Since Church-time immemorial we have sung “psalms and hymns and spiritual songs,” the oldest of which is known as the Phos Hilaron: the lamp-lighting hymn.
The Phos Hilaron, Latin Lumen Hilare, and sometime known in English as the O joyful light, is a contender for the oldest Christian hymn still in use today. First recorded in the Apostolic Constitutions around the 4th century and likely being written circa 150 A.D., it was chanted during Vespers as oil lamps were lit to replace the waning sun.
Saint Basil the Great called the hymn “one of our oldest and most beloved hymns,” so ancient in fact he didn’t know who wrote it and equated it with being a thanksgiving for the light. During his time a lamp was kept permanently lit at Christ’s tomb in Jerusalem. When early Christians would gather to worship the hymn would be sung. In a tradition known as the lighting of the lamps, a candle lit from the lamp was brought forth from the tomb, its flame calling the Church to celebrate the Risen Lord.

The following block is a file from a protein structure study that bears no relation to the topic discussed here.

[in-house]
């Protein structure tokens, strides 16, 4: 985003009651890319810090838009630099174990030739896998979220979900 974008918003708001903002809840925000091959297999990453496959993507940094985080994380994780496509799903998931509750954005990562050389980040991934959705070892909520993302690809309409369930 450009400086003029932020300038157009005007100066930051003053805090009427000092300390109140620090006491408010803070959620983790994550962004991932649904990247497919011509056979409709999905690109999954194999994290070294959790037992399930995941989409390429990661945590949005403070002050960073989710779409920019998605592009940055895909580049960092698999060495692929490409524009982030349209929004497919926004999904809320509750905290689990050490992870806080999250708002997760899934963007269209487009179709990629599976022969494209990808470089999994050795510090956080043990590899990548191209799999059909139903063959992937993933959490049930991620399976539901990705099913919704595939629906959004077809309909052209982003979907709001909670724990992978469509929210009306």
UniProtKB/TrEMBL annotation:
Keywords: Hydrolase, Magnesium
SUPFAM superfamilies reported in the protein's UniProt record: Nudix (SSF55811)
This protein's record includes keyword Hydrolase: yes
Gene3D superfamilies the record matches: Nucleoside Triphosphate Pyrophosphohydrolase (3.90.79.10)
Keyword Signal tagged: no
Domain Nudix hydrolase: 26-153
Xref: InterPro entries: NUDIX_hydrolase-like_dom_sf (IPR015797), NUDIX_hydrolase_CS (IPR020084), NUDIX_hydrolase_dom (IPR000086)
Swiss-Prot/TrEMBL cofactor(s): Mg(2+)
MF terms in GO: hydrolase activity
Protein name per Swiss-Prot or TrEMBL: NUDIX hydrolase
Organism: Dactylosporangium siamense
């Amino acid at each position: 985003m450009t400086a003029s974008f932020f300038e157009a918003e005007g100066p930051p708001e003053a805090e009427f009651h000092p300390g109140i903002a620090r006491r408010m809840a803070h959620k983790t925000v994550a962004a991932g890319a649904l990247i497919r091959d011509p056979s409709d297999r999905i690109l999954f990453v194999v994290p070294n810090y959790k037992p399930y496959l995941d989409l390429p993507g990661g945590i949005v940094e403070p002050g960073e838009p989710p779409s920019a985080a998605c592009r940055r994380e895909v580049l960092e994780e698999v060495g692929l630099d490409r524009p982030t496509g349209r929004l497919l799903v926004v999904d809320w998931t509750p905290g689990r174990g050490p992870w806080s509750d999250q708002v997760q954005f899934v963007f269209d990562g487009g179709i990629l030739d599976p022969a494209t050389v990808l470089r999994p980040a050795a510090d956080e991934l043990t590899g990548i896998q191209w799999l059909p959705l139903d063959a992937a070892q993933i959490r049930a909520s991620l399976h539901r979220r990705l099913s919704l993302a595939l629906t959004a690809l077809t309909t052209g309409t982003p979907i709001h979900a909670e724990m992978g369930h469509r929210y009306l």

Today the hymn is used in Orthodox Vespers; in Catholic liturgy, it often forms part of the Office of the Dead.
Read below English translations of the Phos Hilaron.
Ruthenian Catholic Church
O Joyful Light of the holy glory of the Father Immortal, the heavenly, holy, blessed One, O Jesus Christ, now that we have reached the setting of the sun, and see the evening light, we sing to God, Father, Son, and Holy Spirit (+). It is fitting at all times to raise a song of praise in measured melody to you, O Son of God, the Giver of Life. Therefore, the universe sings your glory.
Melkite Catholic Church
Oh, Joyful Light, of the Holy Glory of the Father Immortal. Heavenly, Holy, Blessed, Jesus Christ, since we have come, to the setting of the sun, and have seen the evening light, we praise God: the Father, the Son, and the Holy Spirit (+). It is proper for you to be praised at all times by fitting melody. Oh, Son of God, Giver of Life, wherefore the world glorifies You.